South African Power Supplier Hit by DroxiDat Malware

South African Power Supplier Hit by DroxiDat Malware

  • Cybersecurity researchers uncover cyberattack targeting South African power-generating firm.
  • Attackers deploy new variant of SystemBC malware, named DroxiDot, with CobaltStrike beacons.
  • Speculation that attack could be an initial stage of a ransomware attack, occurring in March 2023.
  • DroxiDot variant is a compact 8kb payload, serves as a system profiler, and sets up SOCKS5 proxies on target computers.
  • Attacker’s C2 infrastructure linked to energy-oriented domain potentially tied to Russian ransomware group FIN12.

Cybersecurity researchers at Securelist have discovered a cyberattack against a power-generating firm in South Africa. Reportedly, the firm was targeted with a new variant of the SystemBC malware and a yet unidentified hacking group carried out the attack.

It is worth noting that a variant of SystemBC was also identified in the 2021 cyber attack against Colonial Pipeline, a major American oil pipeline system. In the recent attack, however, attackers deployed the proxy-capable backdoor with CobaltStrike beacons.

According to Securelist, the new SystemBC malware variant is dubbed DroxiDat. Attackers used these tools to compromise systems and remotely access the electricity generator. However, researchers speculated that it could be the “initiate stage of a ransomware attack” that took place in the third or fourth week of March 2023.

For your information, SystemBC payload is a “changing, malicious” malware-as-a-service backdoor available on darknet forums since 2018. It is a C/C++-based commodity malware first observed in 2019.

“This platform is made up of three separate parts: on the server side, a C2 web server with admin panel and a C2 proxy listener; on the target side is a backdoor payload,” Securelist’s report revealed.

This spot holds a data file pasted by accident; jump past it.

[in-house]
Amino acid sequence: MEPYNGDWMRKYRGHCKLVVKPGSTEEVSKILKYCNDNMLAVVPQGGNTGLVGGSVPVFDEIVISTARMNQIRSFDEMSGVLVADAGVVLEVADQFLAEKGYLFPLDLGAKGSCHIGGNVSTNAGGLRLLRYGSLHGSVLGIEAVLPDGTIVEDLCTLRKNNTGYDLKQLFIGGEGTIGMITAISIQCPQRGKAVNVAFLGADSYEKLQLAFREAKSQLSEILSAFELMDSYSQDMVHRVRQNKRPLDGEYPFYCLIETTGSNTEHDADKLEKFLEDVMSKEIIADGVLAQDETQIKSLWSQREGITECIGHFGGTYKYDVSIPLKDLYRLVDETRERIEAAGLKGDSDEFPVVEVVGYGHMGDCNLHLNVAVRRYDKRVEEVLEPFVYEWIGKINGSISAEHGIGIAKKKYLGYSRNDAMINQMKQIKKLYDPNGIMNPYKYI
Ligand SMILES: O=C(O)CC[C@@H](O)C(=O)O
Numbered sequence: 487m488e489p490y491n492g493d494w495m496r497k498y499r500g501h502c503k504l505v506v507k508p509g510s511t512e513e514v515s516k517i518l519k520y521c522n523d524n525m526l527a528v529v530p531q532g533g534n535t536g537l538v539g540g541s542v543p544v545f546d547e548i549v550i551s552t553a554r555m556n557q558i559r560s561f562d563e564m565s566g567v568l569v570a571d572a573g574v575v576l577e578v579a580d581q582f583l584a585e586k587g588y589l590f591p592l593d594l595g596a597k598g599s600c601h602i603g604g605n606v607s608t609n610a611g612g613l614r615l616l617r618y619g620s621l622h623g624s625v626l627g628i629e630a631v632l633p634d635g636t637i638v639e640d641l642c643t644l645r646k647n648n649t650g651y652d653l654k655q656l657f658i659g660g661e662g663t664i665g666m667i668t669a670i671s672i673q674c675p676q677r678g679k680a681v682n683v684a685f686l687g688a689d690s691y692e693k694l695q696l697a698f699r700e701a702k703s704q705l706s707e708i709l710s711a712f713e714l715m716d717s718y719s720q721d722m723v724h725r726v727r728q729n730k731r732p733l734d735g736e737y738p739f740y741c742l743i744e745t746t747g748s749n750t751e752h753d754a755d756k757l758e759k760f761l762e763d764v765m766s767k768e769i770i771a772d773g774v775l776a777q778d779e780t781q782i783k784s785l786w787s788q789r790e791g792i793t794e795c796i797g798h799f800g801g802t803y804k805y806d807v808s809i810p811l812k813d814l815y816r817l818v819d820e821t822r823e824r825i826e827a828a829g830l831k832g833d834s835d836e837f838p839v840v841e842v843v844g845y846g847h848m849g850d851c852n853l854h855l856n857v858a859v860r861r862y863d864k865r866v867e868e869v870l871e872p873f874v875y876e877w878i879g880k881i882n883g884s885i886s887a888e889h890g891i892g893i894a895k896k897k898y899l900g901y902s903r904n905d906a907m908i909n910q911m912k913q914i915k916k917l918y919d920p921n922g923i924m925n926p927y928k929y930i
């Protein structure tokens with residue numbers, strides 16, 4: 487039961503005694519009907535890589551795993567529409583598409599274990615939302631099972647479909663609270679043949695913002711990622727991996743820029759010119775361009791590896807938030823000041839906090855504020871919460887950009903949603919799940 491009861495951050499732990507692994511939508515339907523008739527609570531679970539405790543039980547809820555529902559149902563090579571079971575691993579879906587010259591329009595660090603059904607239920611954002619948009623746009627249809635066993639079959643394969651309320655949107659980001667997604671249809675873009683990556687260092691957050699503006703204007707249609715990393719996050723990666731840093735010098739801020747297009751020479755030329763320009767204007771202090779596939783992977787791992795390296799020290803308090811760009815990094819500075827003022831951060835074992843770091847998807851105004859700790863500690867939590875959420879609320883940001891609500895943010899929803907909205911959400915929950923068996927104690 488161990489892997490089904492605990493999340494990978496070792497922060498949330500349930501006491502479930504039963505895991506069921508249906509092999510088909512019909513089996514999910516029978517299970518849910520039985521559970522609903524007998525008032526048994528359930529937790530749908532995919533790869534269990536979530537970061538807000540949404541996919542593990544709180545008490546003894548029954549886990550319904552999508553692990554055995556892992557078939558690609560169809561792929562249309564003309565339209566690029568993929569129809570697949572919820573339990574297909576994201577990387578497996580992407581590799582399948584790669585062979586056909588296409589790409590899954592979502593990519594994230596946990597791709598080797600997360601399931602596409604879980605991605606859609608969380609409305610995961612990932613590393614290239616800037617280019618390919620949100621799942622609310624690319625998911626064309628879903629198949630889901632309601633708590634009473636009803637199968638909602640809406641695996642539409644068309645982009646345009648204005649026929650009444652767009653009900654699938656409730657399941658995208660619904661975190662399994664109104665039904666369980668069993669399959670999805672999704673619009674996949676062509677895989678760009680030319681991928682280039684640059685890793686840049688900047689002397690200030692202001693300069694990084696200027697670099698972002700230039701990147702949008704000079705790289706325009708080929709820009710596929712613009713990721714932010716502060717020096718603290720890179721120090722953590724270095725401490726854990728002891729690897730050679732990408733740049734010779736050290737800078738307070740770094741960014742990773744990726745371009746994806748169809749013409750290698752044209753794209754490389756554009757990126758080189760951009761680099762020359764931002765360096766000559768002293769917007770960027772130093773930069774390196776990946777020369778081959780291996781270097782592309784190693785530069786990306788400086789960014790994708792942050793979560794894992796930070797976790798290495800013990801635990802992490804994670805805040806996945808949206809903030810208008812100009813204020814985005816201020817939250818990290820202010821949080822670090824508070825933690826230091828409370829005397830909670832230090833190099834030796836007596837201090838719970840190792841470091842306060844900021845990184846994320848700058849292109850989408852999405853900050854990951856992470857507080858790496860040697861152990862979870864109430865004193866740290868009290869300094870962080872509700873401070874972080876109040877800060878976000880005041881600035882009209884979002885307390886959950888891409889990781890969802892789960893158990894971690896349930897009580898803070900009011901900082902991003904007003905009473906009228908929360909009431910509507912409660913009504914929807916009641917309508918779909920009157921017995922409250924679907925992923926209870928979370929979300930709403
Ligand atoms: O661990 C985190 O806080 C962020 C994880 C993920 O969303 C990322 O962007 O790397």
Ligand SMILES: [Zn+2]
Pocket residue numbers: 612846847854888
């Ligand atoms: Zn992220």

Compared to previously detected SystemBC variants that were around 15-30kb+, DroxiDot is a compact, 8kb variant that serves as a system profiler, and its main job is to set up SOCKS5 proxies on target computers so that attackers can tunnel malicious traffic.

The malware can also retrieve usernames, IP addresses, and machine names from an active device, encrypts the data, and transfers it to the attacker’s C2 server. This variant doesn’t feature many of SystemBC’s functionalities and acts as a system profiler to exfiltrate information to a remote server.

However, it doesn’t feature download or executing capabilities and can only connect with “remote listeners, pass data back and forth, and modify the system registry.”

This variant, however, allows attackers to simultaneously target multiple devices through automating tasks. If the credentials are legit, they can even deploy ransomware using built-in Windows tools without manually controlling the process.

 The attacker’s C2 infrastructure involved an energy-oriented domain “powersupportplancom,” which resolved to a suspicious IP host. Researchers believe this host was previously used in an APT activity to improve the attack’s potential.

Furthermore, researchers discovered that DroxiDot was used in another healthcare-related incident during the same time when it delivered Nokoyawa ransomware.

Regarding the attackers, researchers claim that evidence suggests the involvement of a Russian ransomware group, probably FIN12 (also known as Pistachio Tempest). This group is known for deploying SystemBC with Cobalt Strike Beacons to launch ransomware attacks against healthcare facilities in 2022.

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